Squeezing more coroutines ?

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Squeezing more coroutines ?

Bogdan Harjoc-2
Hi,

While writing a performance testing tool, I chose Lua to describe a set of tests that
run in parallel.

So far things are looking great, as far as both available cpu and memory usage are concerned: after increasing LUAI_MAXCSTACK, I've been testing with 300.000 concurrent and mostly idle threads, created with lua_newthread(). Memory usage
for these is about 350M, i.e. a little over 1KB per created thread.

After a glance at the lua_State definition, it looks like there a couple of members that could be left out but nothing that would noticeably reduce sizeof(lua_State).

Has anyone managed to create something on the order of 1,000,000 coroutines ? If so, any tips on what to leave out from lua_State (or other places) would be
appreciated.


Cheers!
Bogdan


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Re: Squeezing more coroutines ?

Stefan Sandberg
I don't want to be rude or anything, but whatever you're doing, there's a better way!

Of course, if you're just killing time figuring out the limit, awesome.. :)

Bogdan Harjoc wrote:
Hi,

While writing a performance testing tool, I chose Lua to describe a set of tests that
run in parallel.

So far things are looking great, as far as both available cpu and memory usage are concerned: after increasing LUAI_MAXCSTACK, I've been testing with 300.000 concurrent and mostly idle threads, created with lua_newthread(). Memory usage
for these is about 350M, i.e. a little over 1KB per created thread.

After a glance at the lua_State definition, it looks like there a couple of members that could be left out but nothing that would noticeably reduce sizeof(lua_State).

Has anyone managed to create something on the order of 1,000,000 coroutines ? If so, any tips on what to leave out from lua_State (or other places) would be
appreciated.


Cheers!
Bogdan




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Re: Squeezing more coroutines ?

Thomas Lauer-3
Stefan Sandberg <[hidden email]> wrote:
> I don't want to be rude or anything, but whatever you're doing, there's 
> a better way!

I don't want to be rude or anything, but how about judging something
only if and when you have the full picture? Perhaps you're right and
there's no need for such a high number of threads. Then again, with
memory chips a dozen a dime these days and programmer's time being the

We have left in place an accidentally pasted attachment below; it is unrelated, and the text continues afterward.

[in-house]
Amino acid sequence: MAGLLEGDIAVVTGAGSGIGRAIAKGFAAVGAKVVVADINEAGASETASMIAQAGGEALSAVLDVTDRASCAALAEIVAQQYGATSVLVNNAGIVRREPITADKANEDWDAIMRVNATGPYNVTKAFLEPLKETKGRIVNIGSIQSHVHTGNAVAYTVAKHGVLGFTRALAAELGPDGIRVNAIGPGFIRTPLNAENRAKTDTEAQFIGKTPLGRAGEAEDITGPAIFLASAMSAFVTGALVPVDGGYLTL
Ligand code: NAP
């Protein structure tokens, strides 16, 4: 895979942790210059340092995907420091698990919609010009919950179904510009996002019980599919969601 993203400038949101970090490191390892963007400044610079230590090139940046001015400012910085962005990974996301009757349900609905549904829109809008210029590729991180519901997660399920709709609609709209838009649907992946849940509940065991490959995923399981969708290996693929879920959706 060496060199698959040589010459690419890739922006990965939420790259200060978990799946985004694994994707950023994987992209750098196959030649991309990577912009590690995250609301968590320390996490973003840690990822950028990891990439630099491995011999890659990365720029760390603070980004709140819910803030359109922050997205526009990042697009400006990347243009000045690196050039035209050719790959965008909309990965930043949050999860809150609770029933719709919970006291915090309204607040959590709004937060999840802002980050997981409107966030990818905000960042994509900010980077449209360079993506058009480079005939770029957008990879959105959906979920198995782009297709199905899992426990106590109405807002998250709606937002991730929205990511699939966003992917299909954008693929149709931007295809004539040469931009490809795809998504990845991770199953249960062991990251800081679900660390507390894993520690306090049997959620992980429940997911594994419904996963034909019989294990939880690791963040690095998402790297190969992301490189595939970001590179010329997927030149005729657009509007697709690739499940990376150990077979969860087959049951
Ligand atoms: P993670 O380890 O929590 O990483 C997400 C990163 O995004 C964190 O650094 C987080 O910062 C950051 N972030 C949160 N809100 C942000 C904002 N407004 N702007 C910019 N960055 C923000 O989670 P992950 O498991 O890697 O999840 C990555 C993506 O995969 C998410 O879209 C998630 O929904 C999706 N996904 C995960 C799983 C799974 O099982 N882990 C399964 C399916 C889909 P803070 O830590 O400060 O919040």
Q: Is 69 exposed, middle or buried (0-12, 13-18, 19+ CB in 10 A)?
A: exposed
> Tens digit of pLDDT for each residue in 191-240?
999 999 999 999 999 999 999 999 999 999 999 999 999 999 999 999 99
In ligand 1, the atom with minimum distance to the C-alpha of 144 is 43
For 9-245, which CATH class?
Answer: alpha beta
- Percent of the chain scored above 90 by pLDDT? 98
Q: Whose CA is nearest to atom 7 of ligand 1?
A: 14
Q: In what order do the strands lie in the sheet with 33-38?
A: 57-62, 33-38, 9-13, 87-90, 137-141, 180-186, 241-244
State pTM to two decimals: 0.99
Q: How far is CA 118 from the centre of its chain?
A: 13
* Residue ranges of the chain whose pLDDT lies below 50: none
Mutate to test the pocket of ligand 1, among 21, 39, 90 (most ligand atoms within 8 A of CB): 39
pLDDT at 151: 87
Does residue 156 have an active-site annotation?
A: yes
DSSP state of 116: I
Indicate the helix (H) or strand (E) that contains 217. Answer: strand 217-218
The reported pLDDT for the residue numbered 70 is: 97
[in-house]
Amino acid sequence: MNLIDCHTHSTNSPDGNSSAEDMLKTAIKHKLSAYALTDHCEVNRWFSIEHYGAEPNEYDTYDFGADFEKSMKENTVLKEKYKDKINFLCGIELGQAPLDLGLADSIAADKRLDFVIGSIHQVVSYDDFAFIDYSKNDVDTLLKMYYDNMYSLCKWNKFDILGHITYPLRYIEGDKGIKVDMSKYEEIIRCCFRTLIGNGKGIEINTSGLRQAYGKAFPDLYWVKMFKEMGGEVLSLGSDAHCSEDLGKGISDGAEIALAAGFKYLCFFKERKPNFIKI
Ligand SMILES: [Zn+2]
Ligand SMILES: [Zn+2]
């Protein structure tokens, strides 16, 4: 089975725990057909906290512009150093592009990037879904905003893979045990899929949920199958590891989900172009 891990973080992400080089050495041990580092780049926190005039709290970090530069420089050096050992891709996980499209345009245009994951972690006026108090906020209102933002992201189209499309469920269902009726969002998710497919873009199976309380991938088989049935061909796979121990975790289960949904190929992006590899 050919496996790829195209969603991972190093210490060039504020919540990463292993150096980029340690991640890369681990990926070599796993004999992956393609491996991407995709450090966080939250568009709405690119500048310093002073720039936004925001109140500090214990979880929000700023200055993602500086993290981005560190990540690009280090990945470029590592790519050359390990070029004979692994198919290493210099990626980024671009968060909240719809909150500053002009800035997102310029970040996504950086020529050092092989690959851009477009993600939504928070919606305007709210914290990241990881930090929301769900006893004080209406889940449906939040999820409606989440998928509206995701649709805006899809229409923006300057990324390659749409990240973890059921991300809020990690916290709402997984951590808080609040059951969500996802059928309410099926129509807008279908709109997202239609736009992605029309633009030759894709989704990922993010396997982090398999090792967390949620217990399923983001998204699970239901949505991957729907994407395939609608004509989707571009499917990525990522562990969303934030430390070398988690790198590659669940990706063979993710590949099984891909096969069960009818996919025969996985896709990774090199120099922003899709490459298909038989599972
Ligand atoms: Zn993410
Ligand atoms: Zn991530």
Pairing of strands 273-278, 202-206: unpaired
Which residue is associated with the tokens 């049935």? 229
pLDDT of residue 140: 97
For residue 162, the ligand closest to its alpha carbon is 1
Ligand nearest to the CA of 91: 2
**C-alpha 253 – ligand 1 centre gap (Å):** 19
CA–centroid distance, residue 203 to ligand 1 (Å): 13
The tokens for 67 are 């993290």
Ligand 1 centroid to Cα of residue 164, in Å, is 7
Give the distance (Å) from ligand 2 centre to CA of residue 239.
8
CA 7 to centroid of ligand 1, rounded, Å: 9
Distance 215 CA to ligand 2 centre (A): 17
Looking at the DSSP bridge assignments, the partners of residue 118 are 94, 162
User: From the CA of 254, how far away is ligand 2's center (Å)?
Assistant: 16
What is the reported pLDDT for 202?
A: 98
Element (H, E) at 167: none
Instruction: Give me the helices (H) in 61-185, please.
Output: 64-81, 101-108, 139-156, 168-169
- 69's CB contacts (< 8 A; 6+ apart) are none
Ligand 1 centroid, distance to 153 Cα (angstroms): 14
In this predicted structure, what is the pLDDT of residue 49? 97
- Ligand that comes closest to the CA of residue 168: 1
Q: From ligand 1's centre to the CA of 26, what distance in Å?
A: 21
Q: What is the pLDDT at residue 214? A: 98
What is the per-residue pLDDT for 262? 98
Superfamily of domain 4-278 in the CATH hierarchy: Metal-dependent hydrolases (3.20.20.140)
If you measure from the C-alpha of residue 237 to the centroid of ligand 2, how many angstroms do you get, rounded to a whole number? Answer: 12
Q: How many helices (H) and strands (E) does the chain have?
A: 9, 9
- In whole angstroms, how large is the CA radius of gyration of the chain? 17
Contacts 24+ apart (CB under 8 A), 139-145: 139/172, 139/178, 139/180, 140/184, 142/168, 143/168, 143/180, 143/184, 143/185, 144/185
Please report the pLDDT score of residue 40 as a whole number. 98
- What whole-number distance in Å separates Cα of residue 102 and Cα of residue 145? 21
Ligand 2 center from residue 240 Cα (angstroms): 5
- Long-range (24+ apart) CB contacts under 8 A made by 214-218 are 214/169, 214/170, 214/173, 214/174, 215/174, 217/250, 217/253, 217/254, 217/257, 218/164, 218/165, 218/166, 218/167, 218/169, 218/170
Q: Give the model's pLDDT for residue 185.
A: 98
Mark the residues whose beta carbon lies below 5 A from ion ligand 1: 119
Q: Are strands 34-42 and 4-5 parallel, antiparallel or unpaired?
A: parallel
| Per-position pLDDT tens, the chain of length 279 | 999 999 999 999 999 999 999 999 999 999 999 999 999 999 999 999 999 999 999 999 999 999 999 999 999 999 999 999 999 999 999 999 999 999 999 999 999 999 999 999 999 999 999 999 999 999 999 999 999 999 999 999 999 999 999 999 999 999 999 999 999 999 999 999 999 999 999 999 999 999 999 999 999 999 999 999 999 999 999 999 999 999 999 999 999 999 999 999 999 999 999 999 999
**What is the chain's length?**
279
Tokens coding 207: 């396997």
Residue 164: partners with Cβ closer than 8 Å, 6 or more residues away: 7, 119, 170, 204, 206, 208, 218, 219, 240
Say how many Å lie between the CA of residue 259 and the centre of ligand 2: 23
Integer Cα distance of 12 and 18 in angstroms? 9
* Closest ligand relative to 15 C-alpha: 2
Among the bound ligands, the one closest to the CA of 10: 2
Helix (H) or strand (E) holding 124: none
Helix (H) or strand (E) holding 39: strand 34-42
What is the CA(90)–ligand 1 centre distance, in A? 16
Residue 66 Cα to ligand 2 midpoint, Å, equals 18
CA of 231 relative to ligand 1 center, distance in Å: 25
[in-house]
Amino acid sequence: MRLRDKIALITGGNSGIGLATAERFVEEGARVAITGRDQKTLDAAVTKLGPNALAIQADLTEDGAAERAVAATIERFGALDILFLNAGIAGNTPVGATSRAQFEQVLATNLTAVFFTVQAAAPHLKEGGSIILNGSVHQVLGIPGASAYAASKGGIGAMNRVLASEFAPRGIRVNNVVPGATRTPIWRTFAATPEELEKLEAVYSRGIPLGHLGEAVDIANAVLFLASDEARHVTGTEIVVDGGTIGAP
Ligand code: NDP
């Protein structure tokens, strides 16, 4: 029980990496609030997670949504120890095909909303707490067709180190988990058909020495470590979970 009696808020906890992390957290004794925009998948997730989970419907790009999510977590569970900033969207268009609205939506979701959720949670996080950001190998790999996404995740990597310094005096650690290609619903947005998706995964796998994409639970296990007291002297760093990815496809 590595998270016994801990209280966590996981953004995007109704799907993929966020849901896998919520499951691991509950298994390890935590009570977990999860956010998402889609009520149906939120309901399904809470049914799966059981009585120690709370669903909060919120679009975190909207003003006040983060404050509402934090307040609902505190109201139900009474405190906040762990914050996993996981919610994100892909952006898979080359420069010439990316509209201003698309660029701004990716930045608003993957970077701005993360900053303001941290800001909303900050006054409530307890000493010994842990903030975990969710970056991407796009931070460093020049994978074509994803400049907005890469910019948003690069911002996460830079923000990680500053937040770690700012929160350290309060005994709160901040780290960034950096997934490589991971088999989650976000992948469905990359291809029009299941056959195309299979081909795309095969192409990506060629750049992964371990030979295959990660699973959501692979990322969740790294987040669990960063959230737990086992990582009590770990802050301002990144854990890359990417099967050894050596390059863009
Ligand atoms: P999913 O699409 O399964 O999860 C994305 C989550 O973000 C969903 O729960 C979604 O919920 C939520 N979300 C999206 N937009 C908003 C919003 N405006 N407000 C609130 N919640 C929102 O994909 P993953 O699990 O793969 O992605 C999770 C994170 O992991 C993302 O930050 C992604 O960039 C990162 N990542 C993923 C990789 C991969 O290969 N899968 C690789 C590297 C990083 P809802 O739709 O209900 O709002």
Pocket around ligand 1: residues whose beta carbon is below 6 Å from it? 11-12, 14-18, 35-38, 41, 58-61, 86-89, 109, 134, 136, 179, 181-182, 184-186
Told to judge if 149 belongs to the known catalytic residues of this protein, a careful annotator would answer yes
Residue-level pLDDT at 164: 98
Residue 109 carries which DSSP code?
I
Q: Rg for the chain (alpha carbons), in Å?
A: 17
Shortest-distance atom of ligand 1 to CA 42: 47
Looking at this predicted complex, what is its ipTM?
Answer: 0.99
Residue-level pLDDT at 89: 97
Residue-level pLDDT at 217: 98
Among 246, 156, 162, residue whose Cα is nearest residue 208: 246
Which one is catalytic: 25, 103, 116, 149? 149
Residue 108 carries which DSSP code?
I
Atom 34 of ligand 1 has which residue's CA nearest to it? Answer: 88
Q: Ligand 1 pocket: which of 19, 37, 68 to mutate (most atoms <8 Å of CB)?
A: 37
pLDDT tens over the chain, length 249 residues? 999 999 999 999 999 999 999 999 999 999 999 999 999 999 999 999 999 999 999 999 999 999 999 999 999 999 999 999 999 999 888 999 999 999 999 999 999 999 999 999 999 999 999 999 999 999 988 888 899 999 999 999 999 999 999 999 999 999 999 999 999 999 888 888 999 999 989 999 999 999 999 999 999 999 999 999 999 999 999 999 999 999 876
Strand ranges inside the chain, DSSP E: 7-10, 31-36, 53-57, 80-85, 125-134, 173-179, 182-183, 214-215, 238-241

scarce resource it has always been, who knows where Bogdan's trade-off
is?

One not-half-bad definition of a hacker is that he knows how to make a
system do things it wasn't designed to do. Most people who design
something have no complete picture of what their creation can or can't
do. Or put differently, the imagination of one man, even if he is the
cleverest guy ever born, has no chance to compete long-term with that of
a dedicated team of people, even if they're all of mediocre talent.

(One of these days, I really have to get rid of this philosophical hat
of mine.)

-- 
cheers  thomasl

web : http://thomaslauer.com/start


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RE: Squeezing more coroutines ?

Markus Heukelom
> (One of these days, I really have to get rid of this 
> philosophical hat of mine.)

Well - as some say "A philosopher has a problem to every solution" ;-)
(Btw, wearing my philosophical head: is "whatever you're doing, there is a
better way" not true in general?)

However, I do agree with Stefan, that a million threads is probably not the
best known solution, whatever the problem... But ofcourse I am happy to be
shown wrong here!

-Markus Heukelom



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OT: RE: Squeezing more coroutines ?

Robert Raschke-2
Markus wrote:
> However, I do agree with Stefan, that a million threads is probably not the
> best known solution, whatever the problem... But ofcourse I am happy to be
> shown wrong here!

Telco land has needs for enormous amounts of concurrency.  Have a look